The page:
Q: What Scares Doctors? A: Being the Patient

What insiders know about our health-care system that the rest of us need to learn

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Friedman's doctors weren't incompetent. They didn't operate on the wrong breast or give her the wrong drugs or commit any egregious medical errors--and that is the whole point. While there are bad doctors practicing bad medicine who go undetected, that's not what scares other physicians the most. Instead, they have watched the system become deformed over the years by fear of litigation, by insurance costs, by rising competition, by billowing bureaucracy and even by improvements in technology that introduce new risks even as they reduce old ones. So doctors resist having tests done if they aren't absolutely sure they are needed. They weigh the advantages of teaching hospitals at which you're more likely to find the genius diagnostician vs. community hospitals where you may be less likely to bring home a nasty hospital-acquired infection. They avoid having elective surgery in July, when the new doctors are just starting their internships in teaching hospitals, but recognize that older, more experienced physicians may not be up to date on the best standards of care.

Most doctors freely admit that they do everything they can to work the system. "As much as we all value fairness, if you think you can get some special attention for someone who's important to you ... I don't know anybody who would not play that card," says Michael McKee, vice chairman of psychology and psychiatry at the Cleveland Clinic. But talk to doctors about their experiences and you'll be surprised by how little power they have to bend the system to their will.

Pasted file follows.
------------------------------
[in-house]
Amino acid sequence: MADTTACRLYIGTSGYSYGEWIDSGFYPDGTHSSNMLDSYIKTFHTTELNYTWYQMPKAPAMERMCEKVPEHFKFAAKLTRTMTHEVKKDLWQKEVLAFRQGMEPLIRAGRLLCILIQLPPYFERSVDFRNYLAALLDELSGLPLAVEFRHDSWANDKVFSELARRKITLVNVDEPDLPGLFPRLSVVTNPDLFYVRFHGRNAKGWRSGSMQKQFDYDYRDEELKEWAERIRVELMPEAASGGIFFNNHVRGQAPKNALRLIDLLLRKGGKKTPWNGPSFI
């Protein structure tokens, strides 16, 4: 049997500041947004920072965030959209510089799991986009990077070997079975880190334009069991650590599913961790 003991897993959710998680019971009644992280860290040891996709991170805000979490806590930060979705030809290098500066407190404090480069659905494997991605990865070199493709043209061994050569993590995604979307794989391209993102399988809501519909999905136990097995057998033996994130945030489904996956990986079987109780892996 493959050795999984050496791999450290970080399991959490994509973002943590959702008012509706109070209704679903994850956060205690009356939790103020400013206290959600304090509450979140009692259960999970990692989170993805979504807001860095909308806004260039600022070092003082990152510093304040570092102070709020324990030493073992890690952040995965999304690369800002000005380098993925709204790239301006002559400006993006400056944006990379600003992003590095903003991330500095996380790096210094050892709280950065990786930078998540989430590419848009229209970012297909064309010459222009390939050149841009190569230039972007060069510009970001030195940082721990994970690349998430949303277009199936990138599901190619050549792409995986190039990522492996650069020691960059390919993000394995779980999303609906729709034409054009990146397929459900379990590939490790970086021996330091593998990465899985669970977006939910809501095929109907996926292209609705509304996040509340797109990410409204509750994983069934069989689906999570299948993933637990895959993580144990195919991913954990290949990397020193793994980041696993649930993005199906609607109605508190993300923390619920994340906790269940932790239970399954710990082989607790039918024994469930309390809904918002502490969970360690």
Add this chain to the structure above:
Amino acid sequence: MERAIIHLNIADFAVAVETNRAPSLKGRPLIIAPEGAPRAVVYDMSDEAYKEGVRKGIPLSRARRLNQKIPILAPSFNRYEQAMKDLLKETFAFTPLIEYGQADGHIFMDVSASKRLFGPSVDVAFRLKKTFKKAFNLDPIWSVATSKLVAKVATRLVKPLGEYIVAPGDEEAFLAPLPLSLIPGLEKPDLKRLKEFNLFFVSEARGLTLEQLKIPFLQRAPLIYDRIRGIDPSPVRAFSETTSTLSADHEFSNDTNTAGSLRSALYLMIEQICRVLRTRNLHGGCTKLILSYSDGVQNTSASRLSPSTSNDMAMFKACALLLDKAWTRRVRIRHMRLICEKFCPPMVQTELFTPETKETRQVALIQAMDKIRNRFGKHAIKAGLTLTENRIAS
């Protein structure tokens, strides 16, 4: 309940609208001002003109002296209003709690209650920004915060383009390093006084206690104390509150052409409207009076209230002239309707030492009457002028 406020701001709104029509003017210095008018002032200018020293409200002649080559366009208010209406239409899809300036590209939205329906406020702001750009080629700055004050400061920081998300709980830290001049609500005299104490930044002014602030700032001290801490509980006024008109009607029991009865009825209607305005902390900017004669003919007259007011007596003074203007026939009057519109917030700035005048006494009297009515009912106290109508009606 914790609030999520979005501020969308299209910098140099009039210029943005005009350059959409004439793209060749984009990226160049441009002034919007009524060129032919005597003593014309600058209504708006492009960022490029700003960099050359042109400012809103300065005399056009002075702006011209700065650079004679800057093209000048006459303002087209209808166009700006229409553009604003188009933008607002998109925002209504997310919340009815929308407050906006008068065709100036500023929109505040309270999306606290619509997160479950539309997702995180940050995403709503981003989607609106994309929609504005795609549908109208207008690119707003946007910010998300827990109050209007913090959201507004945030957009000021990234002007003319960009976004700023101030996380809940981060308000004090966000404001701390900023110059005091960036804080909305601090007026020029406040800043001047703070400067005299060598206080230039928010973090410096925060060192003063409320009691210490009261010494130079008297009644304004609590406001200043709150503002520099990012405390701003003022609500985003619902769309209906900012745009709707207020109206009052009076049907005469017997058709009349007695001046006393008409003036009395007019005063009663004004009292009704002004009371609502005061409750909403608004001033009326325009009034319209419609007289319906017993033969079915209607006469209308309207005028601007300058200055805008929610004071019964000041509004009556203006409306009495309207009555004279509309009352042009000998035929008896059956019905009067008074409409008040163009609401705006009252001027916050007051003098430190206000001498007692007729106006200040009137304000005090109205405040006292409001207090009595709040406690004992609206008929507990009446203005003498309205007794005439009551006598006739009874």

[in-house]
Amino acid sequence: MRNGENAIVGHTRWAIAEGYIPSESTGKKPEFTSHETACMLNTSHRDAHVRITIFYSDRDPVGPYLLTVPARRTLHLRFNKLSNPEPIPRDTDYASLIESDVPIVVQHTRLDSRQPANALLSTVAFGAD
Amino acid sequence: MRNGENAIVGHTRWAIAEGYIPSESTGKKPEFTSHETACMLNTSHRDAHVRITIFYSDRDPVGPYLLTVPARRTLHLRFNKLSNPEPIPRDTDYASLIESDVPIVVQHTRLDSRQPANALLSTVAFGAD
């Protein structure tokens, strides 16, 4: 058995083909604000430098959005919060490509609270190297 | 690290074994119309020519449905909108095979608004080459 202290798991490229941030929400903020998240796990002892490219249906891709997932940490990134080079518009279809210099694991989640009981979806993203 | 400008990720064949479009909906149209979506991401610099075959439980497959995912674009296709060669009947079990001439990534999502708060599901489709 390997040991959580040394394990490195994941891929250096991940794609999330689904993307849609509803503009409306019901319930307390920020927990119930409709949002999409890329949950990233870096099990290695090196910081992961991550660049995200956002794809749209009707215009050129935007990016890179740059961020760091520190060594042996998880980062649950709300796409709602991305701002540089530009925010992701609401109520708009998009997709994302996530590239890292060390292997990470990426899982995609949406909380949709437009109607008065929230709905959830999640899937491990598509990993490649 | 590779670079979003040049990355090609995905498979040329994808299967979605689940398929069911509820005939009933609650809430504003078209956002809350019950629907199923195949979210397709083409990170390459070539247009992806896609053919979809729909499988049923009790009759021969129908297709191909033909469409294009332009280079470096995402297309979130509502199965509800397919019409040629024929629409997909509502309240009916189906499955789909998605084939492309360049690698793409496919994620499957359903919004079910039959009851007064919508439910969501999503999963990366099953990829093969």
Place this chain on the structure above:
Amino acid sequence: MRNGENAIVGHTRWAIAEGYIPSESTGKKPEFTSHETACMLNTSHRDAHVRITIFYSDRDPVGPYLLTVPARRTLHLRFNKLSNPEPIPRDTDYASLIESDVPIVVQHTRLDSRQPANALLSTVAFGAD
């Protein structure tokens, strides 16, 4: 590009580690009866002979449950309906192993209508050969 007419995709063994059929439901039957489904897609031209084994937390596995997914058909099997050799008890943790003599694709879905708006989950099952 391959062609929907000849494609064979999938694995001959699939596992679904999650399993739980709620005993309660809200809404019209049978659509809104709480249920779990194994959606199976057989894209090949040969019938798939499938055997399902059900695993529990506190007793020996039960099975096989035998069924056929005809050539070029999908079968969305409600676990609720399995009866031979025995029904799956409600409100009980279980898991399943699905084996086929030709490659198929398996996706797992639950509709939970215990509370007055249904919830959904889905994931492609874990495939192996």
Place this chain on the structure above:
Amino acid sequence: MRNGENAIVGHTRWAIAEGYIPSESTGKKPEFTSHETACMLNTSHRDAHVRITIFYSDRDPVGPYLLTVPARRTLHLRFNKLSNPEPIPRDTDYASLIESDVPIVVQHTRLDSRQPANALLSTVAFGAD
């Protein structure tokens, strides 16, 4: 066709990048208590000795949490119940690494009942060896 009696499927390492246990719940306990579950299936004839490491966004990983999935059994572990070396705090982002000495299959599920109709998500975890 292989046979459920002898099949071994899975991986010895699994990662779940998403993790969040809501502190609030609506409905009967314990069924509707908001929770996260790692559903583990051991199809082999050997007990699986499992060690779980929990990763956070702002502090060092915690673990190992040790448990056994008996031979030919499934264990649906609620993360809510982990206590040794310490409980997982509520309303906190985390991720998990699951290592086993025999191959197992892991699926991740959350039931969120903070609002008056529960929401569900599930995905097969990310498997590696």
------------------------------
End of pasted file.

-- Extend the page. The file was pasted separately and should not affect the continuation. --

This is one abiding irony of progress. The most wondrous technology exists that can pinpoint the exact location of a tumor, thread a tiny catheter up into the brain to open a clogged artery, pulverize a kidney stone without breaking the skin. But the simple stuff--like getting an MRI on time, being given the right drugs at the right time, making sure everyone knows which side of your brain to operate on--can cause the biggest problems. "A patient with anything but the simplest needs is traversing a very complicated system across many handoffs and locations and players," says Dr. Donald Berwick, a pediatrician and president of the Institute for Healthcare Improvement. "And as the machine gets more complicated, there are more ways it can break."


"Doctors are terrible patients because they know too much," says Dr. Pamela Gallin, director of pediatric ophthalmology at New York Presbyterian-Columbia Medical Center and author of How to Survive Your Doctor's Care. "They can't be both doctor and patient at the same time." They don't like appearing weak; they are schooled in a culture of stoicism and sacrifice that cautions against complaint. In studies of the behavior of doctors, most admit to writing their own prescriptions, self-diagnosing, avoiding checkups. When they do have to enter a hospital as a patient, they struggle with their role, scanning their bedside monitors and watching their colleagues so closely that everyone can get a little spooked. "I don't like the role reversal," says McKee. "I suppose it's the way you feel when you're 80 or 90 and your kids are taking care of you. It doesn't feel right."

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